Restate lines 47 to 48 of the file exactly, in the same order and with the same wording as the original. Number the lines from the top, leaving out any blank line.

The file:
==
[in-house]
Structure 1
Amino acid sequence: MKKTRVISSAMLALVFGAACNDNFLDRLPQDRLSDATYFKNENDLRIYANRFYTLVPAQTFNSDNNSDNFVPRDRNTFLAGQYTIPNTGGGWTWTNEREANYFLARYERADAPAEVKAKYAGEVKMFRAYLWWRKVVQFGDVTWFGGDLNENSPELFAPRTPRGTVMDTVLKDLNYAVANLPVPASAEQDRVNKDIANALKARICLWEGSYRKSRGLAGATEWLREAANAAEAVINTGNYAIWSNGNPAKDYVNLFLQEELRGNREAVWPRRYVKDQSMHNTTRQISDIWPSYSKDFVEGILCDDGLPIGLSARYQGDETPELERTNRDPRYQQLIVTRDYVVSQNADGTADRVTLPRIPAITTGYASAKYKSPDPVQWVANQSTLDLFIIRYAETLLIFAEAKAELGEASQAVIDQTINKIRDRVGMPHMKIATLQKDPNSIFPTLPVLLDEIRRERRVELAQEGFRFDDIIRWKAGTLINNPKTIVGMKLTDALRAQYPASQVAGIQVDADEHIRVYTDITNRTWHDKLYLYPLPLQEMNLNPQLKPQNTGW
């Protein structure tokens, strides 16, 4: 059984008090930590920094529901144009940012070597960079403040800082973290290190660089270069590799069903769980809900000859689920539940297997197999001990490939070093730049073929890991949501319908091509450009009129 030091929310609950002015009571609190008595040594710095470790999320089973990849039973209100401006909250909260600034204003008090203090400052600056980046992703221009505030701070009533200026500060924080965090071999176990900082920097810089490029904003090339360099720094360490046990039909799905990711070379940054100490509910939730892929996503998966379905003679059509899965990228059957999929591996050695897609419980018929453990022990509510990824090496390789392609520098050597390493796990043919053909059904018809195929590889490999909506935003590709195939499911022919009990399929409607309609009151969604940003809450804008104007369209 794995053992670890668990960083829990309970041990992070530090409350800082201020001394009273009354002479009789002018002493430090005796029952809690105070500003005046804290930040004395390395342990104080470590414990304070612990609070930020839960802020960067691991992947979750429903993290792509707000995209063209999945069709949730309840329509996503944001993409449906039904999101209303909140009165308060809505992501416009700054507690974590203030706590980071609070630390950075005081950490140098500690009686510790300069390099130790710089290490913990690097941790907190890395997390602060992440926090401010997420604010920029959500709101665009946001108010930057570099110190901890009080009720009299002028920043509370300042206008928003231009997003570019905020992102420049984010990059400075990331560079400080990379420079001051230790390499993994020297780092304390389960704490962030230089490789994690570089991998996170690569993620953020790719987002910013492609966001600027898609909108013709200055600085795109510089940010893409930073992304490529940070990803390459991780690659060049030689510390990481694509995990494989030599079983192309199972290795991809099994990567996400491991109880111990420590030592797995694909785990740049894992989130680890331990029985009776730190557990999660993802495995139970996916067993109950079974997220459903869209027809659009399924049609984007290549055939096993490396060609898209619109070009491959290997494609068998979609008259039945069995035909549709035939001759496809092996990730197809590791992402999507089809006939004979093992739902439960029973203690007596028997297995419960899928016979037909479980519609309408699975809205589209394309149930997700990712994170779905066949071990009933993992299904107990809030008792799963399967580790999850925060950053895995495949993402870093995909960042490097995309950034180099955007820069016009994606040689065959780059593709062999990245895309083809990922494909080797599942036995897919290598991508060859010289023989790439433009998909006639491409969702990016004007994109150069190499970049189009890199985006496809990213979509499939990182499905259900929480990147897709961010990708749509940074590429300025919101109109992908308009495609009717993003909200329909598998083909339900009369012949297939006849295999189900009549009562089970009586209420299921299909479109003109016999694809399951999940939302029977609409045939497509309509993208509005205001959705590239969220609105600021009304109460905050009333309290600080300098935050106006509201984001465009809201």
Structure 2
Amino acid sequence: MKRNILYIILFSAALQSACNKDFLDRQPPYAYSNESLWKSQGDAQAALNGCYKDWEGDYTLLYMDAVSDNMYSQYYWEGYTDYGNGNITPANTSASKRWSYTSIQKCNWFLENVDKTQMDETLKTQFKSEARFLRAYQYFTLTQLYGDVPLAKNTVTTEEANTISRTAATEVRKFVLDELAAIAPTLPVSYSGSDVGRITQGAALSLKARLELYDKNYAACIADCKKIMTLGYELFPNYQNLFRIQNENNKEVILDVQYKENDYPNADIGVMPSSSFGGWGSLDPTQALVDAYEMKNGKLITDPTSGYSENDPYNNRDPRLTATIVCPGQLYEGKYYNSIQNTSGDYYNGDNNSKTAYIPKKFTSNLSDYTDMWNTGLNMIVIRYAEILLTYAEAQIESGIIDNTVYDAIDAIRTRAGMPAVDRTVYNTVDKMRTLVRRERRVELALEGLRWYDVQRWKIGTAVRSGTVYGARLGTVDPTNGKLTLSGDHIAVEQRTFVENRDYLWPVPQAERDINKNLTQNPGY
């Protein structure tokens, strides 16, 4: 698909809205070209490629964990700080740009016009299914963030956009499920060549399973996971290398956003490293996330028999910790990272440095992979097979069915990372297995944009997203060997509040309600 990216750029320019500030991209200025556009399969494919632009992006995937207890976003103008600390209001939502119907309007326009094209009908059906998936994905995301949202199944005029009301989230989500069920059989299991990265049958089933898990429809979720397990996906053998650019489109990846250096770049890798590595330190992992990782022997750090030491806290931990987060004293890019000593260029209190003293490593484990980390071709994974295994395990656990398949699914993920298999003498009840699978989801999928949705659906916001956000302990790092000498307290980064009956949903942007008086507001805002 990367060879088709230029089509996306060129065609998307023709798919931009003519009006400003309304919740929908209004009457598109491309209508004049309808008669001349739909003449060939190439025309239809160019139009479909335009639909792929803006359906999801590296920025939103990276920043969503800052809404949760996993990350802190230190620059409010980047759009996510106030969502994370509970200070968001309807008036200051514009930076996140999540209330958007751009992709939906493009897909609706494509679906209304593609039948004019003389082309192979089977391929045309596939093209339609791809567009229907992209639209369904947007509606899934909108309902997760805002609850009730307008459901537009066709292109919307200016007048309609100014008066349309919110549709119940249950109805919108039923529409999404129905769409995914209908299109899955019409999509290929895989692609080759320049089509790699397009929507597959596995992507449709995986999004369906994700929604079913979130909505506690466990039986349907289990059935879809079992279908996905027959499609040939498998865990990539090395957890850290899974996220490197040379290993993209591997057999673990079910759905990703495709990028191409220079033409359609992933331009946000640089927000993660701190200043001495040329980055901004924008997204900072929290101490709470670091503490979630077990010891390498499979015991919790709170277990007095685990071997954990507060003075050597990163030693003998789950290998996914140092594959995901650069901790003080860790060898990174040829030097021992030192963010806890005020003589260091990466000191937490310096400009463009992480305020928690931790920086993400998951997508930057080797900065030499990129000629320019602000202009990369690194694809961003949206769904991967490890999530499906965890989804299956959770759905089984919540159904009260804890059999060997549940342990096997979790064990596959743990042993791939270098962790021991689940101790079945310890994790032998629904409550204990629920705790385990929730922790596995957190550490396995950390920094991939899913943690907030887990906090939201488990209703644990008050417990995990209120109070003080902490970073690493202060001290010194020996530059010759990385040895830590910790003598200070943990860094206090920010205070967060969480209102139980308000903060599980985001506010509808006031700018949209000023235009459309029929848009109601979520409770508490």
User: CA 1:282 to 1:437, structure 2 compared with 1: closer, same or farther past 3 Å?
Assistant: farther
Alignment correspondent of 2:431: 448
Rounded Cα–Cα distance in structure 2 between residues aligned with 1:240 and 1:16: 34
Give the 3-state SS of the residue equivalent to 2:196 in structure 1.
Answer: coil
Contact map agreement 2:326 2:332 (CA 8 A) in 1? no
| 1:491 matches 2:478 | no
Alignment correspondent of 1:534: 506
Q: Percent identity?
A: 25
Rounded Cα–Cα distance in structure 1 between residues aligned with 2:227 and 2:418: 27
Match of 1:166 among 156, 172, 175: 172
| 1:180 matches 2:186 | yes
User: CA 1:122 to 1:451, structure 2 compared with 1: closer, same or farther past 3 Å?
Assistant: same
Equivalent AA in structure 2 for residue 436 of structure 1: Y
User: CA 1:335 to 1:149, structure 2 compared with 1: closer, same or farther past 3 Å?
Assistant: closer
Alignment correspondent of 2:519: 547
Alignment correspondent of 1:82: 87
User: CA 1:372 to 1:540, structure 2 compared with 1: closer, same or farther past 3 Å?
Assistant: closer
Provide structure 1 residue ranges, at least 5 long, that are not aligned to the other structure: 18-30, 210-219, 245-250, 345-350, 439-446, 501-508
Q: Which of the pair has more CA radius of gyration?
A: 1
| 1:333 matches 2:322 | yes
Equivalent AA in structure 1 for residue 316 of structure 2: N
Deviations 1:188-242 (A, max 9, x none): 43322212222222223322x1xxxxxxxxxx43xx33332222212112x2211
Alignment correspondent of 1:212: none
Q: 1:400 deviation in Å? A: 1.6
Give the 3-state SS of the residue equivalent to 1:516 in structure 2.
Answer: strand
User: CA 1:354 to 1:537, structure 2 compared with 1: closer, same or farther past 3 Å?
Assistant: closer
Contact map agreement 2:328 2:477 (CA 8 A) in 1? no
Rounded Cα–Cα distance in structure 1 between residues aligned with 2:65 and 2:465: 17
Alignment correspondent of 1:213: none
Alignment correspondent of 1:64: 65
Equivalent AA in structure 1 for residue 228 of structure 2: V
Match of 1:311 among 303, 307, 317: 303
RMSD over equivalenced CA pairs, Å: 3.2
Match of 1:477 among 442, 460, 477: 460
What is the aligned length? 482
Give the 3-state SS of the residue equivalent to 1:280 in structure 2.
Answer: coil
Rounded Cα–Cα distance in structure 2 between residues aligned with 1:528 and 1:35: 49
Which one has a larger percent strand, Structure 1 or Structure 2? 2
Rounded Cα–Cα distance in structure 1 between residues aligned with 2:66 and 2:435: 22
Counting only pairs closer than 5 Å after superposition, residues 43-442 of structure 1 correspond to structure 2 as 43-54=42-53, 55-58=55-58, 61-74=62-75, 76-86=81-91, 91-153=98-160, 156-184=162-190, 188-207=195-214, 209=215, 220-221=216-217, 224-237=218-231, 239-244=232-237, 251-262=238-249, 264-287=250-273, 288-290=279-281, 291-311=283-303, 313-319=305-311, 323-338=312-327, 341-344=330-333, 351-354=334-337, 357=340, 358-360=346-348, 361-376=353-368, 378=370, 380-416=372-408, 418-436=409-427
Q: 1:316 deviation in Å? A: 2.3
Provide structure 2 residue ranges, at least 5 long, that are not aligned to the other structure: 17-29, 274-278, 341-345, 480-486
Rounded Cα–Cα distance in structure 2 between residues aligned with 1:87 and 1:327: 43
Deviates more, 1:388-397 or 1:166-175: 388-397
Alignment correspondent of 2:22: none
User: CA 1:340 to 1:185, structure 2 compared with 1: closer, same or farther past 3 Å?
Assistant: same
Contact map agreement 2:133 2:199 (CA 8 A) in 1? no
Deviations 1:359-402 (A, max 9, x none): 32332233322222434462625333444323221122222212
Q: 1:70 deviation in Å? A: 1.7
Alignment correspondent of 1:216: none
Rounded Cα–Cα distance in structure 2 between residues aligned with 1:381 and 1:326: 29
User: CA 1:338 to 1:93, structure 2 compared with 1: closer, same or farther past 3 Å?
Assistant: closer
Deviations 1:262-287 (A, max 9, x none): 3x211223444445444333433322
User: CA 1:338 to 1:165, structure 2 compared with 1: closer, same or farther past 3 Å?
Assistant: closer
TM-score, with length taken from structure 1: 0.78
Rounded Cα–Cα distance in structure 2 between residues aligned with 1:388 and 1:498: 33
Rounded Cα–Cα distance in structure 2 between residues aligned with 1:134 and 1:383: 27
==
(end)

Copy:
Equivalent AA in structure 1 for residue 228 of structure 2: V
Match of 1:311 among 303, 307, 317: 303